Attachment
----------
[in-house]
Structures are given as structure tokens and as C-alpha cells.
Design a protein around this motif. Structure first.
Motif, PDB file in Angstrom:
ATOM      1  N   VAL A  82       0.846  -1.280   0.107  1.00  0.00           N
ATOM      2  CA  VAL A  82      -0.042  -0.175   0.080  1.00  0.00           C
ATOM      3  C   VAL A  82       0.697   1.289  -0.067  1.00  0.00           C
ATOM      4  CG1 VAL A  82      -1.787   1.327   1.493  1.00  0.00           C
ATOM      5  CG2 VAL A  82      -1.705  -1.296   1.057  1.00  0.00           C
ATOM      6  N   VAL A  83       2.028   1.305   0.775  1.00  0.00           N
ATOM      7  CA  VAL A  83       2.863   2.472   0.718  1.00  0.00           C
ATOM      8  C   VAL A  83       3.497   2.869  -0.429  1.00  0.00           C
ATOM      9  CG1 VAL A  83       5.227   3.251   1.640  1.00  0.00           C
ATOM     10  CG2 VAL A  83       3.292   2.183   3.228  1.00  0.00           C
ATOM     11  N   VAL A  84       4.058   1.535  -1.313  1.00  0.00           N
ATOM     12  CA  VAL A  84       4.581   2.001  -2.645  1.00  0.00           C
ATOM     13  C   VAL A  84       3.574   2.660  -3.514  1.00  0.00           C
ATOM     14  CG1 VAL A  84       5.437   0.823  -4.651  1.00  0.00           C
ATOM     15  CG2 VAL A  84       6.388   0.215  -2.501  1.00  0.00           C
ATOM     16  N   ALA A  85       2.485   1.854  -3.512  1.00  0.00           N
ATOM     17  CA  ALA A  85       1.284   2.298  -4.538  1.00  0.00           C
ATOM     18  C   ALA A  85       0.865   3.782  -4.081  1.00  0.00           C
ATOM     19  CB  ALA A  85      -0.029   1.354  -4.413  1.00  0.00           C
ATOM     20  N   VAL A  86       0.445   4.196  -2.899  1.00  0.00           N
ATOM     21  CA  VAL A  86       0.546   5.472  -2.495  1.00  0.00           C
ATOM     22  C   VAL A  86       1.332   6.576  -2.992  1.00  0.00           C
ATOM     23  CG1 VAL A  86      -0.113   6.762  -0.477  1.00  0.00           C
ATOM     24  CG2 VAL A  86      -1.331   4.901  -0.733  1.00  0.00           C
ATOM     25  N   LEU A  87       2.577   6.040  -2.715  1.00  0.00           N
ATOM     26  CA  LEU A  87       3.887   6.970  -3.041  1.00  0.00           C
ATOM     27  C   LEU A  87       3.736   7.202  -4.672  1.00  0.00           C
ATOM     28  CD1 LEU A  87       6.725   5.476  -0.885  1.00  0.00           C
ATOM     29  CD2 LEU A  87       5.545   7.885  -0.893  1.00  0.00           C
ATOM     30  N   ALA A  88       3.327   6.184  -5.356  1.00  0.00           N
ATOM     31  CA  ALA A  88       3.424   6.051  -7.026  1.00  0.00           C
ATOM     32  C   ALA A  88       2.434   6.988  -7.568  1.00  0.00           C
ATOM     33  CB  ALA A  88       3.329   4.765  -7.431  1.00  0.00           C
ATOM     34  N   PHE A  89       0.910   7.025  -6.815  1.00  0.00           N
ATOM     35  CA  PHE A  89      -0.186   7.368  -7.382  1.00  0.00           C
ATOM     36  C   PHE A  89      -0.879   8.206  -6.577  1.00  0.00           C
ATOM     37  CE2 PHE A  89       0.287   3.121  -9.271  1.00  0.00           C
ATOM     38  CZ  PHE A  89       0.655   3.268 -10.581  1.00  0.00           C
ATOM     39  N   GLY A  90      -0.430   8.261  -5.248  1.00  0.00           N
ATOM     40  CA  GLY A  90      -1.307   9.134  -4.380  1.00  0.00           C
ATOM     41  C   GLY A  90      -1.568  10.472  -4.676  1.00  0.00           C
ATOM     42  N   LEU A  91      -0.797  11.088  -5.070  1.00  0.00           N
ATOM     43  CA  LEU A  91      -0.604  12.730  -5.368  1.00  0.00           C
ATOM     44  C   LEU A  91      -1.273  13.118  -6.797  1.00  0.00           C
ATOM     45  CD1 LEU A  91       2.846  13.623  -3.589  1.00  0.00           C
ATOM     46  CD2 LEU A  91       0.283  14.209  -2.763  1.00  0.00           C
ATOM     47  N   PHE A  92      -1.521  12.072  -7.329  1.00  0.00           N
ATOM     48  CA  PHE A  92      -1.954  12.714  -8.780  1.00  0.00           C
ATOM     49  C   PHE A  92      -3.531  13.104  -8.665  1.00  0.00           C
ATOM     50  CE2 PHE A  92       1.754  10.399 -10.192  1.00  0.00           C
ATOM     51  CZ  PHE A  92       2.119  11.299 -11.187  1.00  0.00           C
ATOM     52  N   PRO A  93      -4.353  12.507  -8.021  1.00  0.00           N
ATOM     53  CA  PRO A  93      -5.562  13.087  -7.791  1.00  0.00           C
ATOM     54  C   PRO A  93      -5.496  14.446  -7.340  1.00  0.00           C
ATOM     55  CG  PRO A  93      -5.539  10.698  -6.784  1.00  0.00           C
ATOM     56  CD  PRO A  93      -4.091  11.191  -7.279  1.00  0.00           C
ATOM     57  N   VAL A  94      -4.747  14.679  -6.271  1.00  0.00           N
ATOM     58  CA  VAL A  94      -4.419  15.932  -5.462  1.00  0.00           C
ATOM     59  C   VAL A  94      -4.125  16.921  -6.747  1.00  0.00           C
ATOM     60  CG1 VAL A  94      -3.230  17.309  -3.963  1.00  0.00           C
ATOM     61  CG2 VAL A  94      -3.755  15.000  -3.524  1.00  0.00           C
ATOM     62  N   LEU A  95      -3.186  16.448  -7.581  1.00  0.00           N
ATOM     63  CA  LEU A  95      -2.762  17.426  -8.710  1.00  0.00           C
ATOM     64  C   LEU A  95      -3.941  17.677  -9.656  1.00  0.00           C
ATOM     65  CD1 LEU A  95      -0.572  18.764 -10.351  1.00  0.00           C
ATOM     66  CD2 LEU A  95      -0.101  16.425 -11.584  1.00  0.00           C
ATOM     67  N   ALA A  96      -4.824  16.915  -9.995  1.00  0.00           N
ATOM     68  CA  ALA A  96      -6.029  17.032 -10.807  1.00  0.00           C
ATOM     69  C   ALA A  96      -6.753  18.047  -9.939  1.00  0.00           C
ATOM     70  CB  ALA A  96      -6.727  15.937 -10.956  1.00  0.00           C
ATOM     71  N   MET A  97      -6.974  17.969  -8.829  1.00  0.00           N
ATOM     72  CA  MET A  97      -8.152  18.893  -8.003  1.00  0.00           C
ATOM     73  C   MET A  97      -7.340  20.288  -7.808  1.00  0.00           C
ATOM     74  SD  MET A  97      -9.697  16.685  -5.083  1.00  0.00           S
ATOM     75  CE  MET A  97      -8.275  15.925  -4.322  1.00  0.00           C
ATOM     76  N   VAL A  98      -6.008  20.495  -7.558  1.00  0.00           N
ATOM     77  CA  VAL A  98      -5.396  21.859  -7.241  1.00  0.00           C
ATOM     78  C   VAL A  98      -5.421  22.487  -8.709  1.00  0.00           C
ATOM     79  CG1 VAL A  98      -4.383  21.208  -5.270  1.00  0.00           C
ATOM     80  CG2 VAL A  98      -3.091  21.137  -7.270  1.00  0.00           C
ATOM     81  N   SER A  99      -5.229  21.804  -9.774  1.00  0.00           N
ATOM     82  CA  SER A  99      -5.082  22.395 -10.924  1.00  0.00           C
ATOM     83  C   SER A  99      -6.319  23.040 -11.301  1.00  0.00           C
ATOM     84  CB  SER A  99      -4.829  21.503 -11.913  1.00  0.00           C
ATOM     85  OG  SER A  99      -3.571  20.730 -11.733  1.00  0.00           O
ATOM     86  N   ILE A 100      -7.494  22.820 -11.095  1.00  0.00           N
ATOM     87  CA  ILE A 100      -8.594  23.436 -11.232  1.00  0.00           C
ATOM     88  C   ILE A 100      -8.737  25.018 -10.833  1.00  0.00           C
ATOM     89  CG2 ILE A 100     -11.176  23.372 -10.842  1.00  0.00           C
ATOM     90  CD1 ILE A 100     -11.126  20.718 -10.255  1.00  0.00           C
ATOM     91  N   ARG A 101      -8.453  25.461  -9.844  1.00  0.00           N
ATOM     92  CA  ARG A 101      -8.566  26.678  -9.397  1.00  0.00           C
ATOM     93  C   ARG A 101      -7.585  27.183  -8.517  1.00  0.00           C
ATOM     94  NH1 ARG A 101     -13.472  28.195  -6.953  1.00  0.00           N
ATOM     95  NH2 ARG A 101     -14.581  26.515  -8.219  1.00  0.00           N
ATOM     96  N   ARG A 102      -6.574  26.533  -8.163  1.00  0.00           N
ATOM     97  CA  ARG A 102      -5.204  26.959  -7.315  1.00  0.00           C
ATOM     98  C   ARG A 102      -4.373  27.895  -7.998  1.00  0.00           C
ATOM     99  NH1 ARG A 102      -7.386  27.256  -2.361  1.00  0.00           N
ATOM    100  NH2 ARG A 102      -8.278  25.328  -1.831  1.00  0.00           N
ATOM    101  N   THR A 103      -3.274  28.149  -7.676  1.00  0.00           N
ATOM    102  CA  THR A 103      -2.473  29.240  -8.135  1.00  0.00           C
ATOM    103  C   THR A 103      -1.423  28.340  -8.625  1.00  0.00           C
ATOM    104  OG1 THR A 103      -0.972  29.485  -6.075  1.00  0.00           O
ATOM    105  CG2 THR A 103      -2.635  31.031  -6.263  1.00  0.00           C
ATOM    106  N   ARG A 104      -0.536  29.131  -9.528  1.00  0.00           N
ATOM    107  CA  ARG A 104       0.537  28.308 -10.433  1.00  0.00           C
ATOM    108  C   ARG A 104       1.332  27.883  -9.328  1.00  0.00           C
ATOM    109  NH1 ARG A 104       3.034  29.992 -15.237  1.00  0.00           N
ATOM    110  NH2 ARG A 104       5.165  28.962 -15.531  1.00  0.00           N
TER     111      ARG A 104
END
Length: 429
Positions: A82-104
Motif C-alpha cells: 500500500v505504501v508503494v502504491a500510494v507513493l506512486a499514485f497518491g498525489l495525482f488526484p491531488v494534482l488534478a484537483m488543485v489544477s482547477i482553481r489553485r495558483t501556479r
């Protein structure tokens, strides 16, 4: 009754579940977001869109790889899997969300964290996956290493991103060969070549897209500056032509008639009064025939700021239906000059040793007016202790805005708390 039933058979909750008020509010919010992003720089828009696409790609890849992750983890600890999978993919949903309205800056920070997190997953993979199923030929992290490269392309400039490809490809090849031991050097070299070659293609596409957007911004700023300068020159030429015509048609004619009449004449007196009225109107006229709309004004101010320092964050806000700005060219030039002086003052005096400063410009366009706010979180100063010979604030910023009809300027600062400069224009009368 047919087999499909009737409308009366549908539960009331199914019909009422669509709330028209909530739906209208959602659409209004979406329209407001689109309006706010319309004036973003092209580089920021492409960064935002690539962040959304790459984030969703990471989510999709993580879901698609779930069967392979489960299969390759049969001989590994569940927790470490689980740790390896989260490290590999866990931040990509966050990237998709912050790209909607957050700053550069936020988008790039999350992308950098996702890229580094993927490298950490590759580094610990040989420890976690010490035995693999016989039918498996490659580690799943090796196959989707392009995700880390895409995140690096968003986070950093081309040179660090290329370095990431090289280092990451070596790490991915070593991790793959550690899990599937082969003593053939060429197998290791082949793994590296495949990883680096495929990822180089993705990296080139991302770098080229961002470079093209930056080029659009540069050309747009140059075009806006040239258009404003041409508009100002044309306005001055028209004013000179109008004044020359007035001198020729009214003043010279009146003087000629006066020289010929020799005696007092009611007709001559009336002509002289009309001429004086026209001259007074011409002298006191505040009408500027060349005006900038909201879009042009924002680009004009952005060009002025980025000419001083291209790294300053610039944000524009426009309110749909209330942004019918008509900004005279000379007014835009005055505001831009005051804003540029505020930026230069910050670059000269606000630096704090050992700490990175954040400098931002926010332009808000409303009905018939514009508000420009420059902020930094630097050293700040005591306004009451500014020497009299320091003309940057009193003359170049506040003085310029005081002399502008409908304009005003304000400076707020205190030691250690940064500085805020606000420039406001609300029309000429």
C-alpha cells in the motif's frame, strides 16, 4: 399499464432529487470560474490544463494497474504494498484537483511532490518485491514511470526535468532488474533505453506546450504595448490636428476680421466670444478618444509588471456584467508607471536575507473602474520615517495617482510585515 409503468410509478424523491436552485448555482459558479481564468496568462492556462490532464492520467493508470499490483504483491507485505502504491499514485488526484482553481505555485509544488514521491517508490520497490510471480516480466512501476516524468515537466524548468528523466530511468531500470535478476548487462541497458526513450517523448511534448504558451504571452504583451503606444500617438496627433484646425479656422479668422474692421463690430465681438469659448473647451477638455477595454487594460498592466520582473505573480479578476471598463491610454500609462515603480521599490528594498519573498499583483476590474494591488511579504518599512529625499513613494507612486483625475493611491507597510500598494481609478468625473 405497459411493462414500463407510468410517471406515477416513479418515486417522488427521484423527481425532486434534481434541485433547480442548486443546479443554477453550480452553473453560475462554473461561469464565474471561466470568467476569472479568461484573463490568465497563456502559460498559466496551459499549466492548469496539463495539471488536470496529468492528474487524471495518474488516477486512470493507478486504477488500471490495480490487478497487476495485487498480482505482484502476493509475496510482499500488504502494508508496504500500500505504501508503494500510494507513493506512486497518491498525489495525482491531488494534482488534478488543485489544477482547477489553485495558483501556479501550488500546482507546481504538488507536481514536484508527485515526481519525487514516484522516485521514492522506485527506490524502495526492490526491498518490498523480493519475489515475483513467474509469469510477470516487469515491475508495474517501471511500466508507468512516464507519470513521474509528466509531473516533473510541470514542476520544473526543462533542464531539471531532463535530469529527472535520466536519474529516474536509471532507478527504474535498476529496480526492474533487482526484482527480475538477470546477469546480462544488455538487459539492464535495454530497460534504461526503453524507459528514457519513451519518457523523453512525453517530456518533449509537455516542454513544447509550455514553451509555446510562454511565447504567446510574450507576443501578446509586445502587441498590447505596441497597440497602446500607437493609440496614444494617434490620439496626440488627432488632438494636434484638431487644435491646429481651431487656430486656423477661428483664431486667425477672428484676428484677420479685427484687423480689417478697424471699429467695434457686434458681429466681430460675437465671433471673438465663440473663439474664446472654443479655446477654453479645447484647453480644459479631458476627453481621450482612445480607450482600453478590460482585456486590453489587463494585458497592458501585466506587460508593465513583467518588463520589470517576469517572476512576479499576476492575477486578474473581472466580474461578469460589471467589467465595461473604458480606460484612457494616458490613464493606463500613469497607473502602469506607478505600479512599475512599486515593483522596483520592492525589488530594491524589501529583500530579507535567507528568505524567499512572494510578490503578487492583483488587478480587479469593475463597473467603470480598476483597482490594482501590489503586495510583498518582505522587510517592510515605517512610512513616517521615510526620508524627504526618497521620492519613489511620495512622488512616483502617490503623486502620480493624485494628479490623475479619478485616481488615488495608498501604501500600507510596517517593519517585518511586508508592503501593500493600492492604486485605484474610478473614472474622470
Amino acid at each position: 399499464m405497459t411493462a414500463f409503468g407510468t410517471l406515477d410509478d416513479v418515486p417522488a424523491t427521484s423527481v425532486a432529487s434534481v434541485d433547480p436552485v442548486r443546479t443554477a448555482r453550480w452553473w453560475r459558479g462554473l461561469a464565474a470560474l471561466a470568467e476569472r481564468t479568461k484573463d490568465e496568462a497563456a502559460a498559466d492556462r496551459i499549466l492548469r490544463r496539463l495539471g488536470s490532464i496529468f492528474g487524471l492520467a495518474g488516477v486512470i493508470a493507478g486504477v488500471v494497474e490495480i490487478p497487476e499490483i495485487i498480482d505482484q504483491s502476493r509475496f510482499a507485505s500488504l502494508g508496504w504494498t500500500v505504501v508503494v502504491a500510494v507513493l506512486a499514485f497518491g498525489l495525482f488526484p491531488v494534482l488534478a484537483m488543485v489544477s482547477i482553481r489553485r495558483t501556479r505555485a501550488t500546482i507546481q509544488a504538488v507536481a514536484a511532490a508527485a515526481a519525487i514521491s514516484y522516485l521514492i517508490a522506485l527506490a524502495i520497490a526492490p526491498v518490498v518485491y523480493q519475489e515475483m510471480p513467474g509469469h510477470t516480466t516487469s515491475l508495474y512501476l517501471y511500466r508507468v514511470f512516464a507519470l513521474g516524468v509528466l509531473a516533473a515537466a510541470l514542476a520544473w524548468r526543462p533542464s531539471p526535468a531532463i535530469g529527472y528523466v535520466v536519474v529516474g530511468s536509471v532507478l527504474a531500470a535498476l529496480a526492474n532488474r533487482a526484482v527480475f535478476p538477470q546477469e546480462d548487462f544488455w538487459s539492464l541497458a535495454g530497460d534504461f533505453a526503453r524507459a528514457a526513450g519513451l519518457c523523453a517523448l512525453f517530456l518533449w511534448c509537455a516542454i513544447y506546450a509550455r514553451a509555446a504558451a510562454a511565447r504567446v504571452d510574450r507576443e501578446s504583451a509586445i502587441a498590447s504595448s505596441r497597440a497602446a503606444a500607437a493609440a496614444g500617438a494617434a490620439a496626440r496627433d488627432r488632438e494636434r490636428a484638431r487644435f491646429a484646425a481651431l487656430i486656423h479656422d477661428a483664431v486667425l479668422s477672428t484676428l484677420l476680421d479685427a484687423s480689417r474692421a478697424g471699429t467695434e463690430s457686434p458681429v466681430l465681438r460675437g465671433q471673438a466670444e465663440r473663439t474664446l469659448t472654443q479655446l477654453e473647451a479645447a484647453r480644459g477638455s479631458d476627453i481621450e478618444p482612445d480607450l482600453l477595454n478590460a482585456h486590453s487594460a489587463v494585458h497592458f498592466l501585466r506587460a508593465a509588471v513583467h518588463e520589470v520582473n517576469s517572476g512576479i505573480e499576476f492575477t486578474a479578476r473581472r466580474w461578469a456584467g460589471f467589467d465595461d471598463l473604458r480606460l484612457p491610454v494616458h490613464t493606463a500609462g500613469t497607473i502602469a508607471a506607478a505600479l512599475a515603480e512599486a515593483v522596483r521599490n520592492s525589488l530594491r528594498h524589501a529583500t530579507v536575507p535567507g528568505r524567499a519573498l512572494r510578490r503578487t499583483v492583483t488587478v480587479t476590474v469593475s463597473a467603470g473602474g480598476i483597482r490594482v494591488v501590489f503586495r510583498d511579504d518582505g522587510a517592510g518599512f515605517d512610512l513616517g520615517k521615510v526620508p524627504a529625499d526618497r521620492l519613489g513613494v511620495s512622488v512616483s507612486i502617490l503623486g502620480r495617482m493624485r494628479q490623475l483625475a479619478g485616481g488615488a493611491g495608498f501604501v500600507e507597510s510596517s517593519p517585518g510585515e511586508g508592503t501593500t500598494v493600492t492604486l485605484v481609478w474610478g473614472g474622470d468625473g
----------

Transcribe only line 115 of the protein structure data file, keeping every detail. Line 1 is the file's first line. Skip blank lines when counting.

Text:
TER     111      ARG A 104